Or…..assuming the goalies stop 50% of the players shots, take the players shooting percentage and double it. Then factor that shooting percentage into each of the columns. I would half the shooting percentage for outside shots and double the shooting percentage for breakaway shots.
Chart by Rob Gallamore…Penalty Ranges
|All Players||3.03+ pm/game||2.08-3.02||1.18-2.07||0.84-1.17||Less than 0.83 pm/game|
Chart by Judy Goldberg. Intimidation Penalty Ranges
|Penalty Intimidation Ranges-1996||AA||A||B||C||D|
*** This year Strat used hits/minutes played more for intimidation than penalty minutes so adjust accordingly.
13 players had the new +3 rating. Use the NHL.com site to see Faceoff leaders. I would assume the top 13 players get +3, the next 13 get a +2, the next 13 get a +1 .
Chart by Rob Gallamore
|Faceoff Percentages||56.93% +||54.54 to 56.92%||53.27% to 54.53%|
CONVERTING GOALIE CARDS
By Glenn Guzzo….
Converting old goalie cards to new format .
1.Take the number of goal chances on the old 1-20 system , and multiply by 1.8 (or for 36 splits). Rebound chances are never split so round off to the nearest whole number .
2. Multiply the number of rebound chances by 1.8 . Rebound chances are never split so round off. However, th elower limit of new rebounds seems to be 3, and the upper limit 7. So if your old goalie translates to something lower/higher, then subtract/add the remainder to the goal chances at the rate of 2 rebound chances = 1 goal chance.
3. Fatigue. Give 1 fatigue point for every 8 games played. Do not round up unless the remainder is 7/8. However, goalie who played more than half of their teams’games appear to get 1 fatigue point for every 7 games played. 4. Penalty ratings. Divide penalty minutes by games played. Then apply this formula :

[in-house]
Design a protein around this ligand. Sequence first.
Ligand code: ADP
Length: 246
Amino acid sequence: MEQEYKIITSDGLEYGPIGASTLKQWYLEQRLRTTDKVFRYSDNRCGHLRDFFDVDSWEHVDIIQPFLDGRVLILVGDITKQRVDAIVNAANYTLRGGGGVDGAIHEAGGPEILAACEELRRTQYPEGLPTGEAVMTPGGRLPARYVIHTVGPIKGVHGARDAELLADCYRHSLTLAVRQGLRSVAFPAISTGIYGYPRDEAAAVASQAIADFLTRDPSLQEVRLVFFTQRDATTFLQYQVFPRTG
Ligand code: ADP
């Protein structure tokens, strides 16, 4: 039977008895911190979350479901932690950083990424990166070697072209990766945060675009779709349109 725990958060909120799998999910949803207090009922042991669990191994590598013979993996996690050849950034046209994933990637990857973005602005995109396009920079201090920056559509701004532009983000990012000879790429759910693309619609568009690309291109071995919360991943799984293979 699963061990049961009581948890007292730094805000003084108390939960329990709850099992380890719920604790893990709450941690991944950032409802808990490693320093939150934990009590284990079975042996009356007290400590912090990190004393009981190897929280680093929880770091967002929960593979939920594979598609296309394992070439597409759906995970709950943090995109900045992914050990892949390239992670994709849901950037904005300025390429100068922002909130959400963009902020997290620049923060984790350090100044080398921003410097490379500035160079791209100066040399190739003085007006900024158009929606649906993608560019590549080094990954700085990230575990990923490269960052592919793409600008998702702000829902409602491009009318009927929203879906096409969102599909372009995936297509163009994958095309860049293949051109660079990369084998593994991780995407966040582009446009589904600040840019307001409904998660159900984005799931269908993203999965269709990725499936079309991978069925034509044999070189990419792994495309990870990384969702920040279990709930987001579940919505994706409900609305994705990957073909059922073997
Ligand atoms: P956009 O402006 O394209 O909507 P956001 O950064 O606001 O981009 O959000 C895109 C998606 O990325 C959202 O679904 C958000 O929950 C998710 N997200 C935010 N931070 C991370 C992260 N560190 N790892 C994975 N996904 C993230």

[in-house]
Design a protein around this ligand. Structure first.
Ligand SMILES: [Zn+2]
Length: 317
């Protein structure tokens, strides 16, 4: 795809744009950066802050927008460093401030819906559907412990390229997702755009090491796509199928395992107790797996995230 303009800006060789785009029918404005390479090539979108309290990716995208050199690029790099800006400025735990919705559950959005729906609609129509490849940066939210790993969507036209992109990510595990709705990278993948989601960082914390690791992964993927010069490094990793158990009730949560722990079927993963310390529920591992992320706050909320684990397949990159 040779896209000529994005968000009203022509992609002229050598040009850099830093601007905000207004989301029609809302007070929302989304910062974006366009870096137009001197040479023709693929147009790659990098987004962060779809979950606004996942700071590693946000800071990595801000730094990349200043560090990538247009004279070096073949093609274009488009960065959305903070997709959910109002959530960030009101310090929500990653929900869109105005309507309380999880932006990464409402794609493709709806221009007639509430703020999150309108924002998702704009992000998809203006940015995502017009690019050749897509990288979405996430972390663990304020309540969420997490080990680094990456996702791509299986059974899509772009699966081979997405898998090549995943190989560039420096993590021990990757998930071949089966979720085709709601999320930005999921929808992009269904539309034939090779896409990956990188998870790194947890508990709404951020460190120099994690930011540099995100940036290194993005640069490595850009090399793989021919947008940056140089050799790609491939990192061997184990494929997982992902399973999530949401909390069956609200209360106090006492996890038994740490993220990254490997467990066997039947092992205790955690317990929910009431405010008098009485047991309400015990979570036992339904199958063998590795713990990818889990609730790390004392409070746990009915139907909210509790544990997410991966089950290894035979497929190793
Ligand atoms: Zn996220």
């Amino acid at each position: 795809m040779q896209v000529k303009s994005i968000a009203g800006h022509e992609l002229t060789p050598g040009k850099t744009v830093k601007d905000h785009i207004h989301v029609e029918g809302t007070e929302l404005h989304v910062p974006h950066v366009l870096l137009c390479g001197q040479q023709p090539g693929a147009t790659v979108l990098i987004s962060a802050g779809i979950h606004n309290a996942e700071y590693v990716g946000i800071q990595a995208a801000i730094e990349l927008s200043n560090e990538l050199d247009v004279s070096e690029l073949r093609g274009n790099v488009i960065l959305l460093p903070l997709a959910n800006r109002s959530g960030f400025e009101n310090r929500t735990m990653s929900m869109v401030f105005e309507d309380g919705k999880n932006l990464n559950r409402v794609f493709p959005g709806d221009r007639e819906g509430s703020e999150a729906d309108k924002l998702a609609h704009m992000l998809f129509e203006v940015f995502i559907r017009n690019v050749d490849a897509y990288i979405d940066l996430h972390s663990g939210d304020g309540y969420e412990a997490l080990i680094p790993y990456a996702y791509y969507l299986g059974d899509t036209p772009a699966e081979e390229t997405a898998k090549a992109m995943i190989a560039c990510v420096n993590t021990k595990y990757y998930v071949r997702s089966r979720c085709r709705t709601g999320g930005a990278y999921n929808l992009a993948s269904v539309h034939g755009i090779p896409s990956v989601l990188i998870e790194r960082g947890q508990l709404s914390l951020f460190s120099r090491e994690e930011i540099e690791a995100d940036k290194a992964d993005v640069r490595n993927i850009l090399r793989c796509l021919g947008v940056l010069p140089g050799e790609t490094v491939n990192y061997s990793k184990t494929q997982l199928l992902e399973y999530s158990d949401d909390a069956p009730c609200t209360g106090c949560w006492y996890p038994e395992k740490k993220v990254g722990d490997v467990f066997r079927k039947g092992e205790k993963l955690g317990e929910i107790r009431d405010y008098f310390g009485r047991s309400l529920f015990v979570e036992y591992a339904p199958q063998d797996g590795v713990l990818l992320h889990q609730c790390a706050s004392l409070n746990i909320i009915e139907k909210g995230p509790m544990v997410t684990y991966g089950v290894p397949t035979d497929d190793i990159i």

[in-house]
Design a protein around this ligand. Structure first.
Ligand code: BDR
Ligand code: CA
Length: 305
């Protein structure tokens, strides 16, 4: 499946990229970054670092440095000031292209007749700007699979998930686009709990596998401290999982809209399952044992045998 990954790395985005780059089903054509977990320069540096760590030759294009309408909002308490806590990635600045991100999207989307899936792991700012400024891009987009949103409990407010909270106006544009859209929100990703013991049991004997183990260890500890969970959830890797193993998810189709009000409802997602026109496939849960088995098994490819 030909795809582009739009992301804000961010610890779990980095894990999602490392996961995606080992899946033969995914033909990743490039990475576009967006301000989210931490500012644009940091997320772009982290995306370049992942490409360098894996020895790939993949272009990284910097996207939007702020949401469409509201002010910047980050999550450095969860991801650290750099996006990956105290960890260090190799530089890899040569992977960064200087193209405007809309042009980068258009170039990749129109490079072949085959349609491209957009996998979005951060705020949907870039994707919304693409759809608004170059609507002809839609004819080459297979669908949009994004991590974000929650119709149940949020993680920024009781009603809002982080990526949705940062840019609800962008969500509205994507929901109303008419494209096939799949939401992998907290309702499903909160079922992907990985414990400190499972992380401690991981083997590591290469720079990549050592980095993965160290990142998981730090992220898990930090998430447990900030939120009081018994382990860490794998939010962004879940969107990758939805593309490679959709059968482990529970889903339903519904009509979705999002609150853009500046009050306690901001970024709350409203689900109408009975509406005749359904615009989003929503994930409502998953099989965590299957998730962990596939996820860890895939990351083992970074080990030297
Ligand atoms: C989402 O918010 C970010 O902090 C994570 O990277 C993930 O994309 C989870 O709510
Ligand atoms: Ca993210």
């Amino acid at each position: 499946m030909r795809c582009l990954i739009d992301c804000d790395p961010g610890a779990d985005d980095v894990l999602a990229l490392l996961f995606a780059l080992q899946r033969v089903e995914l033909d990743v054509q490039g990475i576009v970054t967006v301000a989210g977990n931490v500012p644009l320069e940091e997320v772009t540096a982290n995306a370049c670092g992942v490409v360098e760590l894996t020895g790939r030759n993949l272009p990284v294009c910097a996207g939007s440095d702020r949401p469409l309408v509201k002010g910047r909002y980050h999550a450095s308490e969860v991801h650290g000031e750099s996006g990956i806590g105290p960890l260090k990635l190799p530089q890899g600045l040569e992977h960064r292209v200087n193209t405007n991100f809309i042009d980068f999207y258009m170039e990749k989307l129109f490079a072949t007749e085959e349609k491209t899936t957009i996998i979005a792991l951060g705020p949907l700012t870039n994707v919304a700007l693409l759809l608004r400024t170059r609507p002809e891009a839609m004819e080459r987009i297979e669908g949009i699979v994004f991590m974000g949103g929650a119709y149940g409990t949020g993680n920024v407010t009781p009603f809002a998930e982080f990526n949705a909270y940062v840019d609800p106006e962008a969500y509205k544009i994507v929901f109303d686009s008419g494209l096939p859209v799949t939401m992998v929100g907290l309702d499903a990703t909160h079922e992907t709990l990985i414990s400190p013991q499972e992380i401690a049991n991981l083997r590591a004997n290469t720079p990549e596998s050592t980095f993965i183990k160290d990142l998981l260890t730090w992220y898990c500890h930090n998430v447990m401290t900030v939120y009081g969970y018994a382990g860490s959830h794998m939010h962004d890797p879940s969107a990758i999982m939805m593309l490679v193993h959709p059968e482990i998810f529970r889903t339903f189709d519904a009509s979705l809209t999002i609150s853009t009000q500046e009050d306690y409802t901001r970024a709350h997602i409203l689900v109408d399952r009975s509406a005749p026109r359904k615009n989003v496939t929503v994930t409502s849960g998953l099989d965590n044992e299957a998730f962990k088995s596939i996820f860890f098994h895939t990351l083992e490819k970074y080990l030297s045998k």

B= .51 – .75
A= .76- 1.00
AA = 1.01 or higher
Awarding split chances for the IN Save , Penalty – For almost 1/3 of the 48 goalie who had mp in the 93-94 set , dividing penalty minutes by games played gave a percentage equal to the number of split chances.
5. Assist ratings . Boxed assist is exactly equal to the goalie’s actual number of assists regardles off games played.
Split chances for “OUT: SAVE BREAKAWAY”- Divide assists by minutes played. The percntage equals the number of Breakaway penetration splits. But if the goalie has a reputation for an excellent passer , add 10 splits. If goalie has not assists, the result of “Out :Faceoff”
6. Other readings : Every goalie gets a singe dice roll, worth 3 chances (roll 4 or 10) for a Faceoff. He will get another Faceoff reading, worth no more than four chances. After all readings are placed , fill any remaining blank spots as explained below:
a) use the lowest dice roll for OUt..IN/BRKWY locaton
b)locate the FAceoff (dot) readin on dice roll 4 or 10
c) locate rebound chances
d) locate the goal chances
e) locate a plain Faceoff reading (no dot, no split) in a 4-chance spot (5 or 9) if possible. If not a 3 chance position or a 2 chancer
f) Fill remaining spots like below
– save – either defenseman goes on the the blank dice roll with greatest number of chances
– save any forward – goes on the blank dice roll with the second greatest number of chances
– save any def player goes on the blank dice roll with the third greatest number of chances
– repeat the above sequence if more blank rolls to be filled.
HOW TO CREATE GOALIE CARDS
By Gord Franklin.
Goalie cards= add save pct [or non-save pct…..like 90% = 10] plus Goals against average. That’s how many goal chances seem to be on the cards.
I’ll take a card for eg.: Damien Rhodes* Sv.Pct=90.5 [so 9.5] plus GAA=2.45. So this is 11.95 goals on his goalie card. As looking at his card ;you see goals on 7 & 8 which amounts to 11. Divide the 95 by 5 [base used for splits is 20/100] This is 19. So you could put the goal on 2 or 12 [1chance] GOAL-1-19. Sometimes ,of course they must put the extra goals allowed from an uncarded goalie on the carded goalies.